Proper stormwater pond management always starts with restoring ecological balance. If a pond is balanced, everything else will take care of itself. The goal of pond management should always be to achieve that balance, not to attack individual problems in a piece meal, seemingly less expensive way, but that is typically more costly over time. Although you can make short term and inexpensive superficial improvements to the appearance of a pond, long term you will spend far more with that "quick fix" mindset.
Storm water ponds are a valuable tool in the filtration of rain water as it flows from our communities into streams, rivers, bays, and oceans. Proper stewardship and management of these ponds is imperative to this mission, not to mention an aesthetic necessity for the community. These aesthetics are typically what drive homeowners associations to pay for pond management, since "eyesore" ponds will typically detract from property values; however, protecting and enhancing the water quality in downstream waters is the main reason that the pond exists.
Although all ponds are unique, there are a few basic pond management practices that can be used in all fresh waterbodies to help improve or prevent water quality problems. In order to understand these concepts more clearly, we must first understand the problems.
In any pond, especially those in which storm water is being collected, the primary issue is the mass loading of that system with nutrients and sediments from fertilizer, leaves, grass clippings, eroded soils, etc. The excess nutrient and organic buildup in a pond will result in algae growth, poor water clarity and appearance, foul odors, and more. Additionally, the inflow of sediments will begin to fill the pond, displace storage capacity, and result in the need for dredging in the future.
Managing ponds properly and efficiently over the long term is more about how you manage than the length of time you are managing. Not all good long terms strategies take a long time to implement, and just because you do something many times over a long period of time (like spraying algae with algaecides), does not mean you are necessarily exercising sound long term pond management principles.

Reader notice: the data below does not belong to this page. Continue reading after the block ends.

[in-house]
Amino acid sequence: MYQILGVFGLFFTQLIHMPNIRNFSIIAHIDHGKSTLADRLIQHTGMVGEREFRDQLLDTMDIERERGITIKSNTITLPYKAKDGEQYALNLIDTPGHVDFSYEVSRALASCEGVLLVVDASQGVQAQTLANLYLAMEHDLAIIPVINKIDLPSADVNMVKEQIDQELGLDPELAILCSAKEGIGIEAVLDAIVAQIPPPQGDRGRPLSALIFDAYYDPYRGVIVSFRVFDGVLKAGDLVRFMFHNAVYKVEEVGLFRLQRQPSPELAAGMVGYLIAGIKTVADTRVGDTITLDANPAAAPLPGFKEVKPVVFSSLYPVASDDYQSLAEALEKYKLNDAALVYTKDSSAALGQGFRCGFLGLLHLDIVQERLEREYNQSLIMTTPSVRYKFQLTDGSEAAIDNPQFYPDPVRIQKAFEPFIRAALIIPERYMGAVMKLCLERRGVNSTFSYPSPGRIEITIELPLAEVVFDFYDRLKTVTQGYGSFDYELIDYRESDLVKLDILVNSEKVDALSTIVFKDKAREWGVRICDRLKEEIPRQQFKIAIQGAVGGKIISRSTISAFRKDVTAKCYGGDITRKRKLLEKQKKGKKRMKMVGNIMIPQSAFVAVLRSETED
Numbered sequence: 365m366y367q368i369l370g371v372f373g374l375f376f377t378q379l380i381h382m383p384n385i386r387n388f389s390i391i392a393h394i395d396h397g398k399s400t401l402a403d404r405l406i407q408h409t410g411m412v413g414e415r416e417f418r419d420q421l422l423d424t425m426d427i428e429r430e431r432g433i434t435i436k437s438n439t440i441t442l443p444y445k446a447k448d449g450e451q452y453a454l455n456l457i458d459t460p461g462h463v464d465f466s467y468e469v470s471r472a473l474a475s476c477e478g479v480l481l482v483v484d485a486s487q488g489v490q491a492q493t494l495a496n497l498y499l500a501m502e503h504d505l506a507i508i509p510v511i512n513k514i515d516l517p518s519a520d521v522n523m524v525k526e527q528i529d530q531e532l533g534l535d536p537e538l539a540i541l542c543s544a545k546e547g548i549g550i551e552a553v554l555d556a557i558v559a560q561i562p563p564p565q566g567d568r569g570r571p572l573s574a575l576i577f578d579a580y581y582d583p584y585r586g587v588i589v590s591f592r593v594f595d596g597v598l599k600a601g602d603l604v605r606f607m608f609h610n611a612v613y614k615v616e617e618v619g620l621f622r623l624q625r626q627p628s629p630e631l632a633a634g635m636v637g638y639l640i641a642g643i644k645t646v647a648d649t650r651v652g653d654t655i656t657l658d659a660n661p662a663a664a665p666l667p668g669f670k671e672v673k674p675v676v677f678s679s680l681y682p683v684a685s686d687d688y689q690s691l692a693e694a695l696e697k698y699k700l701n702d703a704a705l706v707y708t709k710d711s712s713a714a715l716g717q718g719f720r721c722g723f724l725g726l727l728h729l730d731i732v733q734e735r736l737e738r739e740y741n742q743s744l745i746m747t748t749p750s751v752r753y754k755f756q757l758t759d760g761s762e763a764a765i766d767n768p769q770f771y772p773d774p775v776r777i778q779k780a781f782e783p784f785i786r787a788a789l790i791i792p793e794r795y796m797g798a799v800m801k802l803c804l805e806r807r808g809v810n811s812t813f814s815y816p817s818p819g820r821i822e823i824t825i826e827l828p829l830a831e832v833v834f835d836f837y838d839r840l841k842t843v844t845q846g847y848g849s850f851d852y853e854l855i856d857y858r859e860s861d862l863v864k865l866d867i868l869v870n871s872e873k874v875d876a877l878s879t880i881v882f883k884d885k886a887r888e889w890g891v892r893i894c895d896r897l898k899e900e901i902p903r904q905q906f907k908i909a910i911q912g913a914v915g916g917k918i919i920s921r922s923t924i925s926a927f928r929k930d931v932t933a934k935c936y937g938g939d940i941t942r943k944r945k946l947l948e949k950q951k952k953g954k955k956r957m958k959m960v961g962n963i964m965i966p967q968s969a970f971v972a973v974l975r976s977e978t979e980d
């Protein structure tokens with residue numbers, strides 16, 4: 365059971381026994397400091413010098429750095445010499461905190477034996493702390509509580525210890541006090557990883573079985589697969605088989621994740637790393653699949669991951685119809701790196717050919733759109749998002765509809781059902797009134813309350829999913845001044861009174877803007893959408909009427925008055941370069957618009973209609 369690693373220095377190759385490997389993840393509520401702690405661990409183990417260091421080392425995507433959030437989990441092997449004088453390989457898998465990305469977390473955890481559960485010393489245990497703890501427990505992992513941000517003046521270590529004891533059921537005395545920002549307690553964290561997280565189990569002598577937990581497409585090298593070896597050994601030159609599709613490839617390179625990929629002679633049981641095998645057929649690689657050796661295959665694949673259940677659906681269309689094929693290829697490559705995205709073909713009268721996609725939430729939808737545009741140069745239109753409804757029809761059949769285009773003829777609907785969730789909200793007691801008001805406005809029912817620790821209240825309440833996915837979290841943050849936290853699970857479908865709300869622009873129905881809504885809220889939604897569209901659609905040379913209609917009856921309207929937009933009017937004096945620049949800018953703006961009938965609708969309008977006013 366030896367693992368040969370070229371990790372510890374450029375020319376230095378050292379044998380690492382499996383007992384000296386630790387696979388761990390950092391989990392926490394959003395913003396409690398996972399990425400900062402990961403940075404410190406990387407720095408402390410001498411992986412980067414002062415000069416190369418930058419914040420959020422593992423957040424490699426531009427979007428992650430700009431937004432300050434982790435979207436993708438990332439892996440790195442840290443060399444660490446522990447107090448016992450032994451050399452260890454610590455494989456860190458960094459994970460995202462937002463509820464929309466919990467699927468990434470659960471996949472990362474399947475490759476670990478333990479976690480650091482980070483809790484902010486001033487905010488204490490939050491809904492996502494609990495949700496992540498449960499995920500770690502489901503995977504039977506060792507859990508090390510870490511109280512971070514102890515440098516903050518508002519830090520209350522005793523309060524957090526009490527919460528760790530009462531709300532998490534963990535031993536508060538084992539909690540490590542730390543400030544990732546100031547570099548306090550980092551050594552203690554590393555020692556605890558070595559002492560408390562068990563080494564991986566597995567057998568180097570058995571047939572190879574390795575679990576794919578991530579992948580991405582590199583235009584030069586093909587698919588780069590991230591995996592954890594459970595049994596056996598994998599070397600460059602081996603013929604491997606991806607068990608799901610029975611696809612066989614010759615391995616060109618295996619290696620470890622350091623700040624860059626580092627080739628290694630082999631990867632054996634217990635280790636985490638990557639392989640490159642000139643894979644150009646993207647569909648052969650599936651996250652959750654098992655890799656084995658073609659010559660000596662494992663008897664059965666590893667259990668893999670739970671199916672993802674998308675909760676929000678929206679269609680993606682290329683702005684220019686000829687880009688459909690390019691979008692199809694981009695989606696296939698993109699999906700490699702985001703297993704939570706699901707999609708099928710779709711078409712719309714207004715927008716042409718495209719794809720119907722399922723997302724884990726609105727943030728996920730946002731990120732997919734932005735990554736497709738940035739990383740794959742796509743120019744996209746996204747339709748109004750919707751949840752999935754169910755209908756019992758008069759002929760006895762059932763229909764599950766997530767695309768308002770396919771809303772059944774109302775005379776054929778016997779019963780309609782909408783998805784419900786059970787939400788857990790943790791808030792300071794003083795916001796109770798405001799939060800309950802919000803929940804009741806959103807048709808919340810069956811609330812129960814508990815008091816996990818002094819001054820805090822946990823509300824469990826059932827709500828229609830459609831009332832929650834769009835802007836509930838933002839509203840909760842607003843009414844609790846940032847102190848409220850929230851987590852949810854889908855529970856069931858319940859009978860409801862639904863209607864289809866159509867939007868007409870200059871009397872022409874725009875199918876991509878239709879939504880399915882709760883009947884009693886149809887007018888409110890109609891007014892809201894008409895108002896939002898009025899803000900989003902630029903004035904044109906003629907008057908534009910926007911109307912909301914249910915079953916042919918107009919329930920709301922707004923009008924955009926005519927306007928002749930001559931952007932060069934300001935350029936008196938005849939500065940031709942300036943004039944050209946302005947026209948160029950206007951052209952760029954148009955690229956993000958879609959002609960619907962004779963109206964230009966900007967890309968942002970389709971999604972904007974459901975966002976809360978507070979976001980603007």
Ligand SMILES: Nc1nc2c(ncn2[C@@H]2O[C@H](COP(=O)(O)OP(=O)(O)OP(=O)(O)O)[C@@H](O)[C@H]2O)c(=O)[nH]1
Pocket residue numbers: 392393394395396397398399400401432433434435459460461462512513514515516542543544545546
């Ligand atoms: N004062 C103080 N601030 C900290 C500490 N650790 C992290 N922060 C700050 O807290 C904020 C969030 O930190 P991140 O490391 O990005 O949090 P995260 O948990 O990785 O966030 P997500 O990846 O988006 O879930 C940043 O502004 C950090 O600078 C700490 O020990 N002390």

If you are fundamentally sound in your long term pond management plan, you may spend a bit more in the short term, but typically you will spend far less over time, and most importantly, be much more satisfied with the results.
Take a little time to learn the basics about the biological processes that are responsible for the water quality problems in your pond. Then make sure your consultant or contractor of choice educates you on how these processes should be amended to produce the long term results that you are looking to achieve. This will make sure that your pond looks good, property values are not diminished and the downstream waters will maintain good water quality.
Kevin Tucker is the president of SOLitude Lake Management. Since 1998, SOLitude Lake Management has been committed to providing full service lake and pond management services that improve water quality, preserve natural resources, and reduce our environmental footprint. Services are available throughout the Eastern United States. Fisheries management consulting and aquatic products are available nationwide. Learn more about SOLitude Lake Management and purchase products at www.solitudelakemanagement.com.
Contact the experts at 888-480-LAKE (5253) for all of your lake, pond and fisheries management needs.